Every Third Thought

From Wikipedia, the free encyclopedia
Jump to: navigation, search
Every Third Thought
First edition
Author John Barth
Country U.S.
Language English
Publisher Counterpoint
Pages 182
ISBN 1-58243-755-6
Preceded by The Development

Every Third Thought: A Novel in Five Seasons is a novel by American writer John Barth, published in 2011.

The book is narrated by retired creative writing professor George Newett, who lives with his poet wife Amanda Todd. The couple are living in a cramped rental while deciding what to do after the destruction of their Heron Bay Estates home, as depicted in Barth's previous book, The Development. As the book opens, the two are planning a trip to Shakespeare's birthplace. George hits his head when they get there and experiences past memories as if they were present, each occurring on the first day of a new season, and each corresponding to a new "season" of George's life.[1]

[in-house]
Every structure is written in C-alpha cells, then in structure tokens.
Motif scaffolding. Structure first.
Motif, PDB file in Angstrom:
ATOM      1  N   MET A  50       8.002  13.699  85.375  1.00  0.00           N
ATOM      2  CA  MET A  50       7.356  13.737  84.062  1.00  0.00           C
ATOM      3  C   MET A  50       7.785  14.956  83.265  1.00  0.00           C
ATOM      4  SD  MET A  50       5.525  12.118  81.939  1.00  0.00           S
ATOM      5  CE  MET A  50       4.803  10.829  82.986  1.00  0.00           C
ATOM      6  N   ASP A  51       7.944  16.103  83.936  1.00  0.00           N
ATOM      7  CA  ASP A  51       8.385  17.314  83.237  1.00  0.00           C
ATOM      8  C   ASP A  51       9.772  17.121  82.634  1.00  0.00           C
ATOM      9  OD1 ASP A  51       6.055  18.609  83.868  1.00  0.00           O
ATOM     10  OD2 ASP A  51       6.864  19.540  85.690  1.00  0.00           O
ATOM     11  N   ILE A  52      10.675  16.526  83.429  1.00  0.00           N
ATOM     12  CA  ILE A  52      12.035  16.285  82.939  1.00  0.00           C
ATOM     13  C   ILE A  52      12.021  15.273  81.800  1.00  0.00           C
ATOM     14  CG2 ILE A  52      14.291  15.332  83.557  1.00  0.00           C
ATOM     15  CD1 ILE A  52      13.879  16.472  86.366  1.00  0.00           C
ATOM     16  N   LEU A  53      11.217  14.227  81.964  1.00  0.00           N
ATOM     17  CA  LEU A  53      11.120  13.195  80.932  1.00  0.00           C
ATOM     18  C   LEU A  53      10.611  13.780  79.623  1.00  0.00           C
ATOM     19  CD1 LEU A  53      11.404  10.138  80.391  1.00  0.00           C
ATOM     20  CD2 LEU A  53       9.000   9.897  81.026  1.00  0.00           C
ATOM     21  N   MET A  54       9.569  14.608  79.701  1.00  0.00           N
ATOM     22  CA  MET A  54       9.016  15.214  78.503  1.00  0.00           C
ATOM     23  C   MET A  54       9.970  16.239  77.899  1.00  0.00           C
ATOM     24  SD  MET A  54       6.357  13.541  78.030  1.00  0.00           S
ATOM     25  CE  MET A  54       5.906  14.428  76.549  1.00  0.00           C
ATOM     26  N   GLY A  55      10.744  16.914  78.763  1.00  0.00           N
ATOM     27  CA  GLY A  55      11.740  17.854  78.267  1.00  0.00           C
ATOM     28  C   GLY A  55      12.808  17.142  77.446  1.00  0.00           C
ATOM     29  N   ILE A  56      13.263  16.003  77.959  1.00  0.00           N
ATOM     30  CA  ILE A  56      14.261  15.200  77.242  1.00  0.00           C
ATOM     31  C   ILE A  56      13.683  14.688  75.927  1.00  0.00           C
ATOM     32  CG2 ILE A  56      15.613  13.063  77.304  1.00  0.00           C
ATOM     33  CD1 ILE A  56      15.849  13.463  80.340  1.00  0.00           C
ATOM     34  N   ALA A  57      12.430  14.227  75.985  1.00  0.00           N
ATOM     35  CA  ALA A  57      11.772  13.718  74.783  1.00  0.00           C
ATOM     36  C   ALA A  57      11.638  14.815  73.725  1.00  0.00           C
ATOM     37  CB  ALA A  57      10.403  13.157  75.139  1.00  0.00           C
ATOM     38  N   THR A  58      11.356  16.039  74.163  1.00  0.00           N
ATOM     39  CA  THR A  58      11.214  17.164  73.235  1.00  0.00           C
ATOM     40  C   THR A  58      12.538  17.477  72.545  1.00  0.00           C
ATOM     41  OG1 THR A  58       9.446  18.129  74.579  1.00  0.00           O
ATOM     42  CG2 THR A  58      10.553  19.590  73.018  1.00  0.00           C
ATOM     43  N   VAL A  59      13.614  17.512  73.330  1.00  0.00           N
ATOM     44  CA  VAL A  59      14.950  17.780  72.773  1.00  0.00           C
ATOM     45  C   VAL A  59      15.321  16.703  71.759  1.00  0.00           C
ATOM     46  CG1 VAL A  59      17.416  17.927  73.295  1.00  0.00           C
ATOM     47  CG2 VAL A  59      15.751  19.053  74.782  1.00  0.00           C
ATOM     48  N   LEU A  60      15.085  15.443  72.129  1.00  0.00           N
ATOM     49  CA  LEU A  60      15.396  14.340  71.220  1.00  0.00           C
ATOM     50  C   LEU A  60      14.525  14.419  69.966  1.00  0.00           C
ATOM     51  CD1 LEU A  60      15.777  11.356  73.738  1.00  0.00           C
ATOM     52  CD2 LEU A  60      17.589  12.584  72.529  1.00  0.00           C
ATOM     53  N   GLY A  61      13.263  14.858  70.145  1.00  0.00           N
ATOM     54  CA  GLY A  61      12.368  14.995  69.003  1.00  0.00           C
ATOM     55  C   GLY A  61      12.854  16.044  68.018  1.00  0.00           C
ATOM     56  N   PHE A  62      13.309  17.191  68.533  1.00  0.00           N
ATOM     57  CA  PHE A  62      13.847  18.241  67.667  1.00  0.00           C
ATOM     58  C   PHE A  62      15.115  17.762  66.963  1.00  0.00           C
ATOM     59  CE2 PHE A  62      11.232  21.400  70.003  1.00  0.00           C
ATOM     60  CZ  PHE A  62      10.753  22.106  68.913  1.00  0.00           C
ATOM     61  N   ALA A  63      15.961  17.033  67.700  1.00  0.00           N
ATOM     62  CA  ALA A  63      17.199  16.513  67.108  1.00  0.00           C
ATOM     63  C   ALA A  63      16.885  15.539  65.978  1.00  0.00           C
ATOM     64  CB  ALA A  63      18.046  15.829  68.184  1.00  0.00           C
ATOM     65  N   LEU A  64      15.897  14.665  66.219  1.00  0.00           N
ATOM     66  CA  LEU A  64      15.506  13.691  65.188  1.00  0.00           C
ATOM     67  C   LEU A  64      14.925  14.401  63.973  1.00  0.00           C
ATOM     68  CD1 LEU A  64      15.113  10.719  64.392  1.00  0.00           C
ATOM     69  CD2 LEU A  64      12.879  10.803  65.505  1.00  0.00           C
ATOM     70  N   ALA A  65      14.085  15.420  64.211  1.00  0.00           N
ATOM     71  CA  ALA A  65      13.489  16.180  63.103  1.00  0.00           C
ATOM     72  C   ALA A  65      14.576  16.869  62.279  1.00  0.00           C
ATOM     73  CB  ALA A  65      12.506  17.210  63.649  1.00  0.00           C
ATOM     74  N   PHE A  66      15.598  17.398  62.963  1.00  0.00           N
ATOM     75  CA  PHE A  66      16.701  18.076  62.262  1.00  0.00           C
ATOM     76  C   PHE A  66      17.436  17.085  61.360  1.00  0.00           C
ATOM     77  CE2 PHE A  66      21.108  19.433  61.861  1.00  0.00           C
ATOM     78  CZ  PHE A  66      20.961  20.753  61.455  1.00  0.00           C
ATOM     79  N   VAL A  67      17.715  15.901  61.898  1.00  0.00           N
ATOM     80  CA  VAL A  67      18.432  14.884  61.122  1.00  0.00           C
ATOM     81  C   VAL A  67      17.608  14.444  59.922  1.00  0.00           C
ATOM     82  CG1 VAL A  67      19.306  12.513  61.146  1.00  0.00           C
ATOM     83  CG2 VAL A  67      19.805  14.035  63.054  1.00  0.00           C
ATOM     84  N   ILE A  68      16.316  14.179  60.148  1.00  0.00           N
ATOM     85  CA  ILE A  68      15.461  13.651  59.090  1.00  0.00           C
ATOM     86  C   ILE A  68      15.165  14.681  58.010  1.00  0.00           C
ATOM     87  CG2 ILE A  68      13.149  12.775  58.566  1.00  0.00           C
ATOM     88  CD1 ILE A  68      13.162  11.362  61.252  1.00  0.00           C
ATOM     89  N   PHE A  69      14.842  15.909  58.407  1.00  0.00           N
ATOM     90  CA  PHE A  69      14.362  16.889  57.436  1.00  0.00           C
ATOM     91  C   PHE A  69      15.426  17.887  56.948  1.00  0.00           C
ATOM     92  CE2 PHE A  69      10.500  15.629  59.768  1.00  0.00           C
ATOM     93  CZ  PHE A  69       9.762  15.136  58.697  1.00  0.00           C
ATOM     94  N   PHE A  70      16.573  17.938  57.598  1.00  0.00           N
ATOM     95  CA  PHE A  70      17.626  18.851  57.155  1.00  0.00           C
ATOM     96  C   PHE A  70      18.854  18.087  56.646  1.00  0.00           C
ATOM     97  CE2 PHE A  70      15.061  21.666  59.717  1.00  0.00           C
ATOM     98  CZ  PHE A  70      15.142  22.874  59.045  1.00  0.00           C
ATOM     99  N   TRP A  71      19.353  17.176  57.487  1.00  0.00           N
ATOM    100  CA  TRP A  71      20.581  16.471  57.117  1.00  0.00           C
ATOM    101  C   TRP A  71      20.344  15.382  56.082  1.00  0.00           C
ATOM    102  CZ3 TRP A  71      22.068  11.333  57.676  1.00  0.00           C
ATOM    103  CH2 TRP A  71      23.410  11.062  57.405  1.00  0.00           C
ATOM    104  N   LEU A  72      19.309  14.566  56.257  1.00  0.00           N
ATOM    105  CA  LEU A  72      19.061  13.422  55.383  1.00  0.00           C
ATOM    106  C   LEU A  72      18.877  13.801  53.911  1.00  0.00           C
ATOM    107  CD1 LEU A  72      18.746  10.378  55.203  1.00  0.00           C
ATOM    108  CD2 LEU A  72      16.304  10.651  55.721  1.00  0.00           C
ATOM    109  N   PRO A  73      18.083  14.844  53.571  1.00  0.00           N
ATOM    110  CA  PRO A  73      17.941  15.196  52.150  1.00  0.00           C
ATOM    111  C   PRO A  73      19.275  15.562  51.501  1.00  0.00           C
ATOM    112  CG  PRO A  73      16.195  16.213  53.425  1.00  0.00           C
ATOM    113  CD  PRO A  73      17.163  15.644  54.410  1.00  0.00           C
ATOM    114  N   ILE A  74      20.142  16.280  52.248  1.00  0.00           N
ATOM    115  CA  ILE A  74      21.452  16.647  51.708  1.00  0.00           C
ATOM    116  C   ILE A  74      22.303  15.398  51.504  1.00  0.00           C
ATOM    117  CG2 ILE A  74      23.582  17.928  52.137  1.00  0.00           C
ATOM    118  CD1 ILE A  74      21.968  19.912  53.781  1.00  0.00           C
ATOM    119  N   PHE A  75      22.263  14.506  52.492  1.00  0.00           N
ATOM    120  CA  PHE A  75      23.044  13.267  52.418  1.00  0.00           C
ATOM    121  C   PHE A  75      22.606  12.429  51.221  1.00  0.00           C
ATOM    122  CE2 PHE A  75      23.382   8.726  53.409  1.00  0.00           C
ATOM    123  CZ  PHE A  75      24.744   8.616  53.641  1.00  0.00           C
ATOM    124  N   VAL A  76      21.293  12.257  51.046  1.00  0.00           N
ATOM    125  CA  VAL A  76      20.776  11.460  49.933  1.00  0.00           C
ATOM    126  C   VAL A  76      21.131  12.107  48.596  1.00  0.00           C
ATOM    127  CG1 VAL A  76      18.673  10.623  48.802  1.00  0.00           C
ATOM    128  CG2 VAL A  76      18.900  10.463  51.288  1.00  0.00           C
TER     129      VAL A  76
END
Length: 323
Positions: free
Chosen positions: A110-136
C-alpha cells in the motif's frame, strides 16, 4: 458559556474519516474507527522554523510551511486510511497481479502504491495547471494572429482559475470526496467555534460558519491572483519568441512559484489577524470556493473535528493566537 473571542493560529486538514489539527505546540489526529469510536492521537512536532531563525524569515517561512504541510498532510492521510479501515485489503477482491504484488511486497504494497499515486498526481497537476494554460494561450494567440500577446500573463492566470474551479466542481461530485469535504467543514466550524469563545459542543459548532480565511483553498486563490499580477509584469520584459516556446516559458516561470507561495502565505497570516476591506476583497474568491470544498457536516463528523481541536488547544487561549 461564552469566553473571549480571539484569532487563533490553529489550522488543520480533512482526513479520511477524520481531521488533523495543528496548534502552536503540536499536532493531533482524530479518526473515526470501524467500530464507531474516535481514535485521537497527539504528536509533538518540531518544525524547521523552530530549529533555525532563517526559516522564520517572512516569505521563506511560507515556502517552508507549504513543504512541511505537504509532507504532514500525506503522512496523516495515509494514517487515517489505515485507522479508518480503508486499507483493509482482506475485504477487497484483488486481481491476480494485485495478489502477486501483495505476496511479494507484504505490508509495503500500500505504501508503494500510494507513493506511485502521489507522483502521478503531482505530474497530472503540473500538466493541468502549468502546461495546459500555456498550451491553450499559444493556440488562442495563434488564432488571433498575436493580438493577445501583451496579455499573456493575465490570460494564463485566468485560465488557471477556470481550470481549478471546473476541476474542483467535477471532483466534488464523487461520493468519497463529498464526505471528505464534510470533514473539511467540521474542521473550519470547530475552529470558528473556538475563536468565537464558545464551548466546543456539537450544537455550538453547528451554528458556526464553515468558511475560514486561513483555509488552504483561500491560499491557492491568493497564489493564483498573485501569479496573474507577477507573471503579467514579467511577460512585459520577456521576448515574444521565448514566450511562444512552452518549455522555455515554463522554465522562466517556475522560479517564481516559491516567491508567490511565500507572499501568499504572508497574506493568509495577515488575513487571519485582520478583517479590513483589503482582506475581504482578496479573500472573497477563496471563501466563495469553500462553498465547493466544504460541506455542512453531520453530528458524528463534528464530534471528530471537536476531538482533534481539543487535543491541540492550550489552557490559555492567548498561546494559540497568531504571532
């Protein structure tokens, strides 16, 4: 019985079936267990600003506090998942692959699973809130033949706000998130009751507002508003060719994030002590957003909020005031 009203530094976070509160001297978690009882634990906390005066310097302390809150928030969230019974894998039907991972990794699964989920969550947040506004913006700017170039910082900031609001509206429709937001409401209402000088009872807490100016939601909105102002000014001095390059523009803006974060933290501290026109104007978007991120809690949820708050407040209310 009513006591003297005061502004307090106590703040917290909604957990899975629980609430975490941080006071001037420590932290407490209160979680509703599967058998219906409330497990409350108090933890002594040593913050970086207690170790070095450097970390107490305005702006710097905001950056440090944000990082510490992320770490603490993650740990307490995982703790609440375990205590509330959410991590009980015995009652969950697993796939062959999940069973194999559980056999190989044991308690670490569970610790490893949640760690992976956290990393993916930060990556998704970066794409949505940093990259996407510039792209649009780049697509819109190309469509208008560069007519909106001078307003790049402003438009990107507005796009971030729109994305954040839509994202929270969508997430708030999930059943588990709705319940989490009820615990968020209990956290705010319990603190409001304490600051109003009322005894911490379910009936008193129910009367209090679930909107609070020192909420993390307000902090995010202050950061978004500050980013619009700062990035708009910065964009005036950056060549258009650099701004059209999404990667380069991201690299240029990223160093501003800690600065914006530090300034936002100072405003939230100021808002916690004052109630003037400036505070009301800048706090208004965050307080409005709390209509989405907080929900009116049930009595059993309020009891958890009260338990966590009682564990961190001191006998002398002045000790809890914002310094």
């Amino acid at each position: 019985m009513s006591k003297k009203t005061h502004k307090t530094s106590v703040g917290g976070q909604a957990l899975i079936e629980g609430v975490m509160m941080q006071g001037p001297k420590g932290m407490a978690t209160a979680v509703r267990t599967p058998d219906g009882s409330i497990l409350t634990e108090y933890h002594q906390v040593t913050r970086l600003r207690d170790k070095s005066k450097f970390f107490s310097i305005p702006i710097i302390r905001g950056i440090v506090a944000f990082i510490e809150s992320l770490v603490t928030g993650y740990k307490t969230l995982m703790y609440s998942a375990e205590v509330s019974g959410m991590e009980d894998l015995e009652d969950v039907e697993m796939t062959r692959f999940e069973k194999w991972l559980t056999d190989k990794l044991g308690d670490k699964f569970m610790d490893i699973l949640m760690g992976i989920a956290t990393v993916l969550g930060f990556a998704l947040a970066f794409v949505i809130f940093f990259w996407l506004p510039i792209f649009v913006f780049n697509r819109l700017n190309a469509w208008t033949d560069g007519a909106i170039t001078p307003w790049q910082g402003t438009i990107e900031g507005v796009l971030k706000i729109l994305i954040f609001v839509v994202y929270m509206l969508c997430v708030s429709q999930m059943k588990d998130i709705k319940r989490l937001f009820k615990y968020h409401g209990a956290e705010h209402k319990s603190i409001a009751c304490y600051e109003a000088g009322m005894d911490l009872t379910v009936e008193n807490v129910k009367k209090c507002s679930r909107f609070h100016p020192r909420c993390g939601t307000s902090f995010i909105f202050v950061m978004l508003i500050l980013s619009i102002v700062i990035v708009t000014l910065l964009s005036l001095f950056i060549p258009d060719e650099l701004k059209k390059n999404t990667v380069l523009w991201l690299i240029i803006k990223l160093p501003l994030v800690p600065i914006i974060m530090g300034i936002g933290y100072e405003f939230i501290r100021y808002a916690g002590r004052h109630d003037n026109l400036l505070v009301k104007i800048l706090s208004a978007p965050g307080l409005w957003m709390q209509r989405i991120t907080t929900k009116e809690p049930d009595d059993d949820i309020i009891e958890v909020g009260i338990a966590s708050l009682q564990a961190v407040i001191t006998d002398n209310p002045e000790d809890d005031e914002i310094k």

The novel's title is taken from the final scene of Shakespeare's final play, The Tempest. The line is spoken by the magician Prospero, at the end of a speech in which he promises to renounce magic and live an ordinary life on returning to Milan.


Works cited[edit]

Kavanagh, Matt (2012-03-02). "Every Third Thought, by John Barth". The Globe and Mail. Retrieved 2012-05-18.